I grew up in the 90’s; the era of Arcades and DDR competitions. Consoles themselves were home to titles whose sole objective was getting the highest score. Double Dragon and Streets of Rage were two franchises I frequented. The game-play was so addictive. It was also nice to be unlocking extra additions simply by playing the game. Something that these days is quite a foreign concept. A few years have come and gone, and an old favourite has come back. Will Streets of Rage 4 make a triumphant return in the modern era, or is this a throwback that should’ve stayed behind?
A category you’d want any brawler to be flawless in. After all, any sort of stutter or input delay could be the difference between getting your ass kicked or doing that ass kicking. Thankfully, neither are a worry with Streets of Rage 4. Every move that I made was buttery smooth. My punches glided through the air and my kicks impacted against a stomach beautifully. The grapples and throws were equally as flawless. Even at moments that Streets of Rage 4 decides to toss several enemies at you, it never struggled.
I’m reluctant to say it in fear of sounding like a broken record but Streets of Rage 4 is so 90’s. I love the colour choice on display. everything is bright and vibrant, popping off the screen. The character sprites are crisp, with sharp lines and detailed models. With every special move pulled, flames will surround whomever you are. I’m absolutely in-love was the hand-drawn visuals Too. It really goes a long way with making sure every action pops.
For example, if given the choice, I much prefer playing as a female. I find them to be much more graceful and agile. During my time with Blaze, I couldn’t help but notice how natural they made her movements. Even something as simple as whipping her hair back. It was all so fluent. Another character I’d like to point out is Cherry. Her weapon of choice isn’t just her fists, but she loves beating fools with a guitar. From bluntly smacking them to strumming and causing a shockwave around her. Or how with Axel, his clothing moves as he bounces, hyped and ready to rumble. The developers paid close attention to the small things, and it went far to making everyone feel alive.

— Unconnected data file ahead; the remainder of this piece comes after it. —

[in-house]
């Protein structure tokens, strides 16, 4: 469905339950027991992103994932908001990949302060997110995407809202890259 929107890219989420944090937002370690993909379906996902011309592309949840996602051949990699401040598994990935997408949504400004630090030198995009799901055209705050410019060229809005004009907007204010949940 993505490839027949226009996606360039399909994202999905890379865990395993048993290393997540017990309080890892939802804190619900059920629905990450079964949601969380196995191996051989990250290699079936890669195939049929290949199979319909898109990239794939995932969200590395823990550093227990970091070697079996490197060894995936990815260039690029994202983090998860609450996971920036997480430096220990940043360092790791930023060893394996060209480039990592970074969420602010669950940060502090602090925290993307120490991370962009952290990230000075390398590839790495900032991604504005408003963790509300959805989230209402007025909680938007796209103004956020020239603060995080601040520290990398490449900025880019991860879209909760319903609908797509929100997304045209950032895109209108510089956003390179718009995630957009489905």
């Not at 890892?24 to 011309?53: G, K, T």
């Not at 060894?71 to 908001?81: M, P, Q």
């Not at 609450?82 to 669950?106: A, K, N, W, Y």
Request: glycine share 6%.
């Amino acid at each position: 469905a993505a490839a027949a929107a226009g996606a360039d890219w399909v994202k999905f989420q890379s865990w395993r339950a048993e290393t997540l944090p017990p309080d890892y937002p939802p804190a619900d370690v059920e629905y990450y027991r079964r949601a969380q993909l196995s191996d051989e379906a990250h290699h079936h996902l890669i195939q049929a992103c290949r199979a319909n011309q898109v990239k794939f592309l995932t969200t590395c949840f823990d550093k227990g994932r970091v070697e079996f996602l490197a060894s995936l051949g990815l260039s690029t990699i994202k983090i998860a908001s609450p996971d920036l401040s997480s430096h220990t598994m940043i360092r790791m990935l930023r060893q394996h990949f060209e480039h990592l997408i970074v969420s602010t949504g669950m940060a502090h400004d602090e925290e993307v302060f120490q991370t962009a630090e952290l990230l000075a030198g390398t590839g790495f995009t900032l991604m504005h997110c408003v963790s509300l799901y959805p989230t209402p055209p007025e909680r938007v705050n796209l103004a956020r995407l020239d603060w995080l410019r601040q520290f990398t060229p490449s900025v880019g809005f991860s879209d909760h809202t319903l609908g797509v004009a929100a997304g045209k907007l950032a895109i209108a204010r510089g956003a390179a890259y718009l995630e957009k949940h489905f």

Streets of Rage 4 is a love letter to the – you guessed it – 90’s and early gaming. DotEmu, LizardCube, and Guard Crush Games nailed it. Combat is standard fare. You’ll be facing off with several different enemies. Brutes, Rockers, Agents, or Whip-Wielding Vixens. It’s tremendously fun, but I’ve a few gripes. For instance, in order to dash forward, you’re required to press in one direction twice in quick succession. While it wasn’t too difficult, I found it uncomfortable after using it a few times. I’d be fighting enemies, quickly dodging strikes, only for my arm to feel constricted and tired. Now, I was on a Nintendo Switch Lite, so this probably played a factor. I have larger than usual hands. I tried entering the button remapping option but to my surprise, dash isn’t an option. What’s more, the bumpers do nothing. While not game breaking, it would’ve been a game changer. By default, my pointer fingers hover over these. I feel like being able to alter it would‘ve been a great Quality of Life enhancement in comfort.
As I’ve eluded to in the beginning, you unlock characters by simply playing. These include pixelated versions of default fighters, to others across the franchise. Rank up your total high score to a certain point and presto, fighter unlocked. This simple aspect provides loads of replay-ability to Streets of Rage 4. It’s a good thing too because it isn’t very long. In fact, depending on your skill, it can take an hour or two. The longevity comes from tallying up the points. However, it isn’t always easy and here lays my gripe.